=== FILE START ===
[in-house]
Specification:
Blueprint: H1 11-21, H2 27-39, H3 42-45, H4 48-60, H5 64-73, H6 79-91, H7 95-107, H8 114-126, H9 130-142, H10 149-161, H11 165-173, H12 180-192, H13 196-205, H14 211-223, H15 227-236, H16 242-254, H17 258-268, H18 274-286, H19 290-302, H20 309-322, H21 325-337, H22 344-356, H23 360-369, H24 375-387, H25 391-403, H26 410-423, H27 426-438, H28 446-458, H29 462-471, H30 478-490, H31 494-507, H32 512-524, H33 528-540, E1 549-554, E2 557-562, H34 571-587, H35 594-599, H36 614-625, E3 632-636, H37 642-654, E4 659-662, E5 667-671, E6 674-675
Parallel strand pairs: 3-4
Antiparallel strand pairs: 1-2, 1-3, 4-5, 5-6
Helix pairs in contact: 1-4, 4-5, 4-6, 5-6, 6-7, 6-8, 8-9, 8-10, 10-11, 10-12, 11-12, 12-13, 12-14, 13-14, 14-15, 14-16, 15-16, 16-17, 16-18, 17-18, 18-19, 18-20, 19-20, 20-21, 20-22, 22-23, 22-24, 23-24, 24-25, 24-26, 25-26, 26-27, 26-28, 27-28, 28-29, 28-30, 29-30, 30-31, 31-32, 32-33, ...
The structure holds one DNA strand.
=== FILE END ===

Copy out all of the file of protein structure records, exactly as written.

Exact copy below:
[in-house]
Specification:
Blueprint: H1 11-21, H2 27-39, H3 42-45, H4 48-60, H5 64-73, H6 79-91, H7 95-107, H8 114-126, H9 130-142, H10 149-161, H11 165-173, H12 180-192, H13 196-205, H14 211-223, H15 227-236, H16 242-254, H17 258-268, H18 274-286, H19 290-302, H20 309-322, H21 325-337, H22 344-356, H23 360-369, H24 375-387, H25 391-403, H26 410-423, H27 426-438, H28 446-458, H29 462-471, H30 478-490, H31 494-507, H32 512-524, H33 528-540, E1 549-554, E2 557-562, H34 571-587, H35 594-599, H36 614-625, E3 632-636, H37 642-654, E4 659-662, E5 667-671, E6 674-675
Parallel strand pairs: 3-4
Antiparallel strand pairs: 1-2, 1-3, 4-5, 5-6
Helix pairs in contact: 1-4, 4-5, 4-6, 5-6, 6-7, 6-8, 8-9, 8-10, 10-11, 10-12, 11-12, 12-13, 12-14, 13-14, 14-15, 14-16, 15-16, 16-17, 16-18, 17-18, 18-19, 18-20, 19-20, 20-21, 20-22, 22-23, 22-24, 23-24, 24-25, 24-26, 25-26, 26-27, 26-28, 27-28, 28-29, 28-30, 29-30, 30-31, 31-32, 32-33, ...
The structure holds one DNA strand.